Note: This article spotlights work at Denver Seminary, where three faculty members are individual faculty partners of the Oikonomia Network.
Artwork: Light the Lamps, Justin Reddick, mixed media on canvas, 30” x 40”, private collection (used with permission)
Justin Reddick wears many hats. He is a husband, father, artist, seminary student and the religious services assistant and creative arts platform facilitator at the Supermax prison in Florence, Colorado. I first met Justin after a lecture I gave on a theology of work in one of our foundational courses at Denver Seminary: Introduction to Mentored Formation. In the lecture, I referred to the work of artists. Being an artist himself, Justin wanted to follow up and talk after class. He shared with me his love for art and his desire to somehow incorporate that part of his life into his schoolwork. That began a journey over the next couple of years in which I would watch him integrate his faith and work in powerfully redemptive ways.
Denver Seminary students are required to engage a for-credit curriculum called Training and Mentoring. This part of their degree program entails engaging mentors while intentionally pursuing growth in personal character and professional skill formation needs. It is a self-directed, collaborative, context-based curriculum, which allows students to integrate their learning outside the classroom. For Justin, this primarily took shape through integrating his passion for art, his love for others and his daily work at the prison.
Over the course of five semesters, Justin used both character-based and skill-based learning plans to develop the Creative Arts Platform. This is a program available to inmates as part of the preparation process for reentry back into society in a way that leads to personal and community flourishing. The program is affiliated with the National Gallery of Art, drawing on their curriculum, which is used in schools across the country. Through multiple phases, participants learn about art history and personal identity, and create an art portfolio based upon what they learn about art and themselves.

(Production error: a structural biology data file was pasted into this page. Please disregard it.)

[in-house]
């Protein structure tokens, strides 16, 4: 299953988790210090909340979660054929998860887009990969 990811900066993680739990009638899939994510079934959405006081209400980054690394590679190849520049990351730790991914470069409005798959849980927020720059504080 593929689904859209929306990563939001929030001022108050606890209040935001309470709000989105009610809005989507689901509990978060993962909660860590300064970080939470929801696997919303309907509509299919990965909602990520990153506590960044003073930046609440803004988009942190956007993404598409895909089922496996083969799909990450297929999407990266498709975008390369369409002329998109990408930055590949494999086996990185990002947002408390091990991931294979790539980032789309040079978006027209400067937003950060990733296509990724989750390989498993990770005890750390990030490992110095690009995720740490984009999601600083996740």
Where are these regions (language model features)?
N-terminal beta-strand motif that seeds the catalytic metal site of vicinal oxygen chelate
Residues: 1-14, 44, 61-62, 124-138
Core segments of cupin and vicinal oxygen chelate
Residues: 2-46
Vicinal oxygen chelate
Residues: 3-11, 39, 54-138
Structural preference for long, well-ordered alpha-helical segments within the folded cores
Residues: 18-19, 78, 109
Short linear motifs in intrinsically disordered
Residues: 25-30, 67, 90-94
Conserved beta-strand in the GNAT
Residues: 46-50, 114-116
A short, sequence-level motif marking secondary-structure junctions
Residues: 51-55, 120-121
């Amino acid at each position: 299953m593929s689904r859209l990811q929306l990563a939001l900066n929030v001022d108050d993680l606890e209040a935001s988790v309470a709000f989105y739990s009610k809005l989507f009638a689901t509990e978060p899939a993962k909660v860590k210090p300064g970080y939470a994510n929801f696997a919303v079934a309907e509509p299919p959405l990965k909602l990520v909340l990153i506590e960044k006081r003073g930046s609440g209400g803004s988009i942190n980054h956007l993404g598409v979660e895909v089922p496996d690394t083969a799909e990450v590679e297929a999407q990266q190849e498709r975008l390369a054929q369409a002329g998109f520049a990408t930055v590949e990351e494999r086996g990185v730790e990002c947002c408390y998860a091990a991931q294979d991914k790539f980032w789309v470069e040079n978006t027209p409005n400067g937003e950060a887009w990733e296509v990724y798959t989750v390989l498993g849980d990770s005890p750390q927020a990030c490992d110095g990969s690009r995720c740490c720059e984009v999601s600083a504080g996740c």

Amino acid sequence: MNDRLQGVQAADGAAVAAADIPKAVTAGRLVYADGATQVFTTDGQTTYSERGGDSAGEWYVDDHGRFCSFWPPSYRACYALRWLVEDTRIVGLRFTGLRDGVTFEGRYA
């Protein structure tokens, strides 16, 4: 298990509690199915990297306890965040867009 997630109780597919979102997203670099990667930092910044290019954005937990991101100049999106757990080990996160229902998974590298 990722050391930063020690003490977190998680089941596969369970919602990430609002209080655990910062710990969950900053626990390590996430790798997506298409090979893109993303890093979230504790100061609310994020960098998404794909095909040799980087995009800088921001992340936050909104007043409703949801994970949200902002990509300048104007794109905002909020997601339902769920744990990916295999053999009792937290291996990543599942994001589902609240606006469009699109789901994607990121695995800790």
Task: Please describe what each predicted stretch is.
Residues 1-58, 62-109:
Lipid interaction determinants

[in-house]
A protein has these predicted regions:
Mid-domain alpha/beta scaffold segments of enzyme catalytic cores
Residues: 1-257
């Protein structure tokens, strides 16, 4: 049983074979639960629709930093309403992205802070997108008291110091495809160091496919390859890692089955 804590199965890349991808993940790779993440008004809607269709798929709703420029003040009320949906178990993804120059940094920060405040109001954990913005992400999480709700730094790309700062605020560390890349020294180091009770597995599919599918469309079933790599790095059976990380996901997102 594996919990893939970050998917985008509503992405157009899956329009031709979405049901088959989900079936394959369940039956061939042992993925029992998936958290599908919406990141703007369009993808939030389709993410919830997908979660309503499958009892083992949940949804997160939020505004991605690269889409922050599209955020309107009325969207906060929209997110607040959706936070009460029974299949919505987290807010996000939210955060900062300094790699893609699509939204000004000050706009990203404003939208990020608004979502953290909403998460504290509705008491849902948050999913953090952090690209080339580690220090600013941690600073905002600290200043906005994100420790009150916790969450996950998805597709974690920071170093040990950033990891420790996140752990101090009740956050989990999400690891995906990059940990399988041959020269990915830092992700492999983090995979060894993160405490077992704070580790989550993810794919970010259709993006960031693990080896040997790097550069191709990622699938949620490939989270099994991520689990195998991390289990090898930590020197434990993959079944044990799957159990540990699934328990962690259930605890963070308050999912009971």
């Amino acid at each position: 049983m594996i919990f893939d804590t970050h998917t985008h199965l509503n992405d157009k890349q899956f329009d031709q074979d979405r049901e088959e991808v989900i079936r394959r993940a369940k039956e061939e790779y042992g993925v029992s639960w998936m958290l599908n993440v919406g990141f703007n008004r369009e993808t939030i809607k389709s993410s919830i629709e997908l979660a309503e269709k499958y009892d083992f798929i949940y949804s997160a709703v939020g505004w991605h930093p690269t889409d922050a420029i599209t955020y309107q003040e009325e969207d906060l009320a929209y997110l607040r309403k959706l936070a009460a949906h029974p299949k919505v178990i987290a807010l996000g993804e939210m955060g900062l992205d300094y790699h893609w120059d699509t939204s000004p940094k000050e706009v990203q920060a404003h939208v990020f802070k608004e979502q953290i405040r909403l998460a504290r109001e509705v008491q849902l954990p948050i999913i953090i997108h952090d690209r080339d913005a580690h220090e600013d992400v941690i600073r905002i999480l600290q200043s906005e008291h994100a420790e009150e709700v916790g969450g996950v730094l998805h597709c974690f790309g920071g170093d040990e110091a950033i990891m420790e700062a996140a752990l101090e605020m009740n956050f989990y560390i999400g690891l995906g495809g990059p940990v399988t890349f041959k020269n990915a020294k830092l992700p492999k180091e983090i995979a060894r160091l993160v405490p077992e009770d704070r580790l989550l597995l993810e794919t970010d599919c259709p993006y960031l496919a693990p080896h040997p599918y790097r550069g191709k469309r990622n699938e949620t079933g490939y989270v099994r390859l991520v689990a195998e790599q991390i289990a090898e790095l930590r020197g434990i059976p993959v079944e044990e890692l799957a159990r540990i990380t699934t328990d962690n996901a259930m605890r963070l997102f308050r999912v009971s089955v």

The Creative Arts Platform is an individualized process conducted in the prison, but it has spilled out into the community as well. Art created by inmates was put on display in a public art exhibition in the summer of 2018. And earlier this year, a number of program participants were invited to create a mural in the community, depicting their journey from being incarcerated to being freed. Justin is affirming the inmates’ individual value while giving them opportunities to create value through their work for the community in Colorado.
Justin’s vision for loving his neighbor as himself through this art program is motivated by the story of the sheep and the goats in Matthew 25 (see one of Justin’s art pieces below). However, beyond just visiting those in prison, Justin is amplifying the dignity and worth of this easily overlooked and marginalized population. The inmates spend the majority of their time in isolation, and it would be quite easy to build a primary self-identity around this isolation and their own brokenness. The art program is a tool that helps the inmates see themselves as more than just a number confined to a cell; they are people with a story. Though the curriculum is not overtly evangelistic in and of itself, the program affords a multitude of opportunities for Justin to engage with the inmates in this way as they desire.
Justin’s Christlike character makes the art program work: His love and compassion for others; his courage to step into peoples’ stories; his vision to engage the needs of others where many will not go; and his hope to see lives and communities changed through the redemptive power of the gospel.
While I may be Justin’s professor, there are many times I have found myself being his student. He has an imagination that extends well beyond formal art media such as painting on a canvas or sculpting something out of clay. In many ways, he sees the prison as a canvas, and has stepped into that context with a redemptive imagination, believing that God can and will make all things new. I am personally challenged to portray Christ to others in my own work as an educator in these same ways, expressing a redemptive imagination that hopes for the renewal of all things now and to come.